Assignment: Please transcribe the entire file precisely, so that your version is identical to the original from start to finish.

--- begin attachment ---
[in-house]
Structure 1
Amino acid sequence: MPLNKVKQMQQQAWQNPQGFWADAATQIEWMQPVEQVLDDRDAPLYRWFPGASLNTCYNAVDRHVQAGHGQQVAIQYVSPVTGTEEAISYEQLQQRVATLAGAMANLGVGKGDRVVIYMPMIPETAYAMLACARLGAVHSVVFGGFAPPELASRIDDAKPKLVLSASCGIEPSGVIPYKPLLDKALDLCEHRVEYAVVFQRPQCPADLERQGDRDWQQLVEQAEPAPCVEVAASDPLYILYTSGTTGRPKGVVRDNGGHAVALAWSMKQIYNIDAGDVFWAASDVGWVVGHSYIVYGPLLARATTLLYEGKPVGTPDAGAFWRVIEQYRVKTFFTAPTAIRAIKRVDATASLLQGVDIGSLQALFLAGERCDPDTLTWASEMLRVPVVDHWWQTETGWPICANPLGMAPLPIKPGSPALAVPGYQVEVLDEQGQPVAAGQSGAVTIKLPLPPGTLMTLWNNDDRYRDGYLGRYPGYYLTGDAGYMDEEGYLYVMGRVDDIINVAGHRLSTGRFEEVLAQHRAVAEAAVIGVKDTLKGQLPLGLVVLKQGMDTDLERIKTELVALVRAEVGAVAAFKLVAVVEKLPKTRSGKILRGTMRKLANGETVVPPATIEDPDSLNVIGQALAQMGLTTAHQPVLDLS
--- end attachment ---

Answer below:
[in-house]
Structure 1
Amino acid sequence: MPLNKVKQMQQQAWQNPQGFWADAATQIEWMQPVEQVLDDRDAPLYRWFPGASLNTCYNAVDRHVQAGHGQQVAIQYVSPVTGTEEAISYEQLQQRVATLAGAMANLGVGKGDRVVIYMPMIPETAYAMLACARLGAVHSVVFGGFAPPELASRIDDAKPKLVLSASCGIEPSGVIPYKPLLDKALDLCEHRVEYAVVFQRPQCPADLERQGDRDWQQLVEQAEPAPCVEVAASDPLYILYTSGTTGRPKGVVRDNGGHAVALAWSMKQIYNIDAGDVFWAASDVGWVVGHSYIVYGPLLARATTLLYEGKPVGTPDAGAFWRVIEQYRVKTFFTAPTAIRAIKRVDATASLLQGVDIGSLQALFLAGERCDPDTLTWASEMLRVPVVDHWWQTETGWPICANPLGMAPLPIKPGSPALAVPGYQVEVLDEQGQPVAAGQSGAVTIKLPLPPGTLMTLWNNDDRYRDGYLGRYPGYYLTGDAGYMDEEGYLYVMGRVDDIINVAGHRLSTGRFEEVLAQHRAVAEAAVIGVKDTLKGQLPLGLVVLKQGMDTDLERIKTELVALVRAEVGAVAAFKLVAVVEKLPKTRSGKILRGTMRKLANGETVVPPATIEDPDSLNVIGQALAQMGLTTAHQPVLDLS